Even though it may seem counter-intuitive, chemical controls for spring dead spot (SDS) should be applied in fall, when soil temperatures are still above 60 degrees F, according to Martinez et al. This application can help prevent re-emergence of the disease next year.
SDS first shows up in late spring. The publication says this about signs of infection: "As turfgrass 'greens up,' well-defined circular patches of dead, bleached-out grass are noticeable in affected areas. Non-infected bermudagrass resumes growth, accentuating the infected areas."
The authors add, "Patches can get larger year after year." To avoid this outcome, altering cultural practices to promote good health of the lawn is important. One practice in particular is to avoid applying more than a half-pound of nitrogen fertilizer per thousand square feet after mid-September; another is to consider applying a potassium fertilizer, at the rate of one pound potassium per thousand square feet, in fall.
The Turf section of the Georgia Pest Management Handbook, homeowner edition, by Extension homeowner IPM specialist Elizabeth Little, agrees with these recommendations, and includes a listing of currently recommended products for controlling SDS. Regardless of the product selected from the list, be sure to follow label recommendations and safety precautions.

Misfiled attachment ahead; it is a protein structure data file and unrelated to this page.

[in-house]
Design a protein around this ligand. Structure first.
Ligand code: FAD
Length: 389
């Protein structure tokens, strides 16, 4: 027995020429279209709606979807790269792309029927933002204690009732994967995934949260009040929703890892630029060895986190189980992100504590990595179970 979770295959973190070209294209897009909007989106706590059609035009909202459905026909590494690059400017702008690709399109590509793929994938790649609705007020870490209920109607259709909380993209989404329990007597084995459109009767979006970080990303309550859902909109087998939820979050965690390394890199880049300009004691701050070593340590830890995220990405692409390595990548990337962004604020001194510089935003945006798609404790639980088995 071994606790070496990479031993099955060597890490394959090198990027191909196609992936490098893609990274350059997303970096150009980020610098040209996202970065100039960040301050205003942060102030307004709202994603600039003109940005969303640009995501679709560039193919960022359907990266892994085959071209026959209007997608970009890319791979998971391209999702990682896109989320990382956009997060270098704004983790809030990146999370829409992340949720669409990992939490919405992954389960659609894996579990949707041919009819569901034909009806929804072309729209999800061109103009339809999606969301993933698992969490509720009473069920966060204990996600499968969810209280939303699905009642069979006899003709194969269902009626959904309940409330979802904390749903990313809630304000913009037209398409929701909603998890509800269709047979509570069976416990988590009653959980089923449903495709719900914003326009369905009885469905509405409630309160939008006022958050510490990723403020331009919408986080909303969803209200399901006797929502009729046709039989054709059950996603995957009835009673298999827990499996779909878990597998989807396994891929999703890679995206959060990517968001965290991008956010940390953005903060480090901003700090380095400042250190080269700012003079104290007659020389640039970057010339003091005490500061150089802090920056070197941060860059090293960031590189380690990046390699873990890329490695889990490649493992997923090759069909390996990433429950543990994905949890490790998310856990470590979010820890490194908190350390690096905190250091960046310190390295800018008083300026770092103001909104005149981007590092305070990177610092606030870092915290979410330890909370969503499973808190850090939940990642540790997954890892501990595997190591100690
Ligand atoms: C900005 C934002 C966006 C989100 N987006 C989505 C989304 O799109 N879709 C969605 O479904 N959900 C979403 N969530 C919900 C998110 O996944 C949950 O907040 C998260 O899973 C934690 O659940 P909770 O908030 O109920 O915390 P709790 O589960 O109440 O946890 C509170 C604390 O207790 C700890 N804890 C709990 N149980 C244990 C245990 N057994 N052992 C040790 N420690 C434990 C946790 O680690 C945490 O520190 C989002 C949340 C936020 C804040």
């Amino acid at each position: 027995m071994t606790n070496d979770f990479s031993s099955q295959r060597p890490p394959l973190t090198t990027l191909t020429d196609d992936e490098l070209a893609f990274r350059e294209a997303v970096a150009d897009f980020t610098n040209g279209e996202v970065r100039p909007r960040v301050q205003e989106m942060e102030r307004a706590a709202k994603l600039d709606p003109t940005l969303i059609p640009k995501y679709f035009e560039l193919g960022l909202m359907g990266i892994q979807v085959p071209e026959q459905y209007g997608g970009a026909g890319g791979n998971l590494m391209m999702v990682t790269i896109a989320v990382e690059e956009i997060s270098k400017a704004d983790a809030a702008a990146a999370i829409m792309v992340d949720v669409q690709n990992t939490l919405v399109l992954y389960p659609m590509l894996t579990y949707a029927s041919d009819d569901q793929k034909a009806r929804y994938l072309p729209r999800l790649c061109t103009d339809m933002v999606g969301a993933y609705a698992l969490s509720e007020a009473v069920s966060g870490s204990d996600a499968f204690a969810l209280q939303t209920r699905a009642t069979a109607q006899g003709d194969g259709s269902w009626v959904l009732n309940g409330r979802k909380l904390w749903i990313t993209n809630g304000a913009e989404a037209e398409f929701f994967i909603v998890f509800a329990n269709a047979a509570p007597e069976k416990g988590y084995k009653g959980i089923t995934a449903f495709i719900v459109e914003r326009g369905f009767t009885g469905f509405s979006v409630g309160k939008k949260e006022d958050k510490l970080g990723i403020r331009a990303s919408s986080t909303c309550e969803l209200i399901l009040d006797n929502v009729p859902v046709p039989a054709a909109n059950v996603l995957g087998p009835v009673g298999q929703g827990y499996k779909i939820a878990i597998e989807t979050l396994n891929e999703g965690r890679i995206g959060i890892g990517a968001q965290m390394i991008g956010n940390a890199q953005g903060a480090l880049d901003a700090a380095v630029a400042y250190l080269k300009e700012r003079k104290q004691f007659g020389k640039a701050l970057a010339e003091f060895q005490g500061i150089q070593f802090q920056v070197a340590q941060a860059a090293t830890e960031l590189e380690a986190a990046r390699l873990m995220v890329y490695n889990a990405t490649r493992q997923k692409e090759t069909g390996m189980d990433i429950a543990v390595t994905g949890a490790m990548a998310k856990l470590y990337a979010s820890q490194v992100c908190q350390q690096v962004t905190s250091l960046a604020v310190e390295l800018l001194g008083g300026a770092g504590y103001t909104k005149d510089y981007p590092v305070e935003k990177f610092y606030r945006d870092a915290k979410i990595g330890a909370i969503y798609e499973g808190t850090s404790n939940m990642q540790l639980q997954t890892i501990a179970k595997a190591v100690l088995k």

The Turf section of the handbook linked above, which also contains information about insect and weed control in lawns, lists specific cultural practices that can help to manage SDS:
- "Avoid late summer or fall applications of nitrogen fertilizers which may enhance disease severity.
- Use ammonium sources of nitrogen fertilizer from spring through early August.
- Control weeds in affected turf to enhance recovery from spring dead spot.
- Apply moderate to high levels of phosphorus, potash, and minor elements.
- Improve drainage of turf.
- Reduce thatch.
- Use preventive fungicide applications in late September and October."